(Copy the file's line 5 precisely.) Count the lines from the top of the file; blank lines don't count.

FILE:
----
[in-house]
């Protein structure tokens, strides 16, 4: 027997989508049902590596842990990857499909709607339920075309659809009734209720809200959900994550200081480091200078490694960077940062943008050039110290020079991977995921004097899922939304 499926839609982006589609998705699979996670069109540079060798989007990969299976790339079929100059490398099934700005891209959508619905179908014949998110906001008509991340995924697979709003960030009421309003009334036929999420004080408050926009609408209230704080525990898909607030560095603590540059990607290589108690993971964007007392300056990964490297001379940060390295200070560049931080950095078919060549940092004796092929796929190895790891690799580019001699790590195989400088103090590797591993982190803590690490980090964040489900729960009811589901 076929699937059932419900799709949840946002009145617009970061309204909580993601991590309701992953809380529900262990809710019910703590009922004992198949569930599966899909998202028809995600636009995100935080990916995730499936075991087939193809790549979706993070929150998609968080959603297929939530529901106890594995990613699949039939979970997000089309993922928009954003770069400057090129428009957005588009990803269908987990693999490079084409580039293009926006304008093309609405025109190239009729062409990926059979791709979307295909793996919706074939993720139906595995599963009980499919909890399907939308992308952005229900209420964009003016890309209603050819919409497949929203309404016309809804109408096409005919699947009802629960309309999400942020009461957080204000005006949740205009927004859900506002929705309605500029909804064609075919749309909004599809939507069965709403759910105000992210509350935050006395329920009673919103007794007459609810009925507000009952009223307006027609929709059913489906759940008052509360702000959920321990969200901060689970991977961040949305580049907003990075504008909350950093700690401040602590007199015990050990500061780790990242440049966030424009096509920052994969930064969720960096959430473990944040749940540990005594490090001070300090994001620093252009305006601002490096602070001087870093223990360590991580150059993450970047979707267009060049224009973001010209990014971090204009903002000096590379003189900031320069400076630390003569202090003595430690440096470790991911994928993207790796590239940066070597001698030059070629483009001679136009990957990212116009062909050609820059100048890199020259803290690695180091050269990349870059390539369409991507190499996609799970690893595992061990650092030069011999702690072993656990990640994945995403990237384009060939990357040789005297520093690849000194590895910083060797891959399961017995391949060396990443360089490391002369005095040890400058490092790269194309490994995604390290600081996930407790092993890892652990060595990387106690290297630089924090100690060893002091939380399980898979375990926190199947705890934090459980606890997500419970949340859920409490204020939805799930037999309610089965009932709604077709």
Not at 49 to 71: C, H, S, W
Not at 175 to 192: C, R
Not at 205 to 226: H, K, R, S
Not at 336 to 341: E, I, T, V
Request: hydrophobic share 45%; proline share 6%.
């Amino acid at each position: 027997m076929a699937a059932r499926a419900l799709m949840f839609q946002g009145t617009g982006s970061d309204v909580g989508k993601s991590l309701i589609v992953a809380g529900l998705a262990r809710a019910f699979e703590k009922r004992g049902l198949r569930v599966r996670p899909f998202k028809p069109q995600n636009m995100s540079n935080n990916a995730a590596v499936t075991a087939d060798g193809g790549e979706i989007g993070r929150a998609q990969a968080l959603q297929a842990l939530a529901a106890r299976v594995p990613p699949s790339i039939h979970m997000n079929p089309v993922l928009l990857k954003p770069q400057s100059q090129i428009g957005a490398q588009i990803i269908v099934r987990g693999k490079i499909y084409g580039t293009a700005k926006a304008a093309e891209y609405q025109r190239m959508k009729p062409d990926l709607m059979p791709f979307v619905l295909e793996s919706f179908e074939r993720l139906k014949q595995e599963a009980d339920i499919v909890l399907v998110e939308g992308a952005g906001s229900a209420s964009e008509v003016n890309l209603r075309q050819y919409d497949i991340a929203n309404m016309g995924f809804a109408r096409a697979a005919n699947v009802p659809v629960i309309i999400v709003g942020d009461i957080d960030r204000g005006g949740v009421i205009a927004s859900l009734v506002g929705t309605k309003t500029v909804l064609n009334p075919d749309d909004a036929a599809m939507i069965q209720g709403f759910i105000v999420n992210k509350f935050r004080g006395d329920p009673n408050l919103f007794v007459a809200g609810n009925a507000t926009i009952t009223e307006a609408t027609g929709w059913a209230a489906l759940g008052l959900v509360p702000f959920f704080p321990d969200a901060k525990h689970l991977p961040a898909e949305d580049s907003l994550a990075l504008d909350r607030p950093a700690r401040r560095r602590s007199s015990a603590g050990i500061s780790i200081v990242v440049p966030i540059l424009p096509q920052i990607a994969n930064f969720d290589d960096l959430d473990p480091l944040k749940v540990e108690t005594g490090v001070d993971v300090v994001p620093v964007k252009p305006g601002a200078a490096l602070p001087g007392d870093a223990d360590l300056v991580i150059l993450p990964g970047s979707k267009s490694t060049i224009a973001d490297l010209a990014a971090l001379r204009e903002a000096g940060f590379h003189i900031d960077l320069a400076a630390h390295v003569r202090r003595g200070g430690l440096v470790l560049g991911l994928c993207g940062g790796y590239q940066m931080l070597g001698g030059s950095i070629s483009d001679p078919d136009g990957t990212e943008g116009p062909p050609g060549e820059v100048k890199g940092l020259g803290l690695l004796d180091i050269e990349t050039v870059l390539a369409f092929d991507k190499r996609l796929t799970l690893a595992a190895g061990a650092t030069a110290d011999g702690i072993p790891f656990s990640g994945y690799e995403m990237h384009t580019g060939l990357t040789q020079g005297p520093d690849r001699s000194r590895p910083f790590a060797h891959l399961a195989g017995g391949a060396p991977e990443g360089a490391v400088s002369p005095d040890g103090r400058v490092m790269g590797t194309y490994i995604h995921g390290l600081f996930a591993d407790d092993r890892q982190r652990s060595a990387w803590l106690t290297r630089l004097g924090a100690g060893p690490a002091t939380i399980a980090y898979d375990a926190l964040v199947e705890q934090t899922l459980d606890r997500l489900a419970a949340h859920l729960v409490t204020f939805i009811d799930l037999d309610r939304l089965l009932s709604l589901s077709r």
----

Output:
Not at 205 to 226: H, K, R, S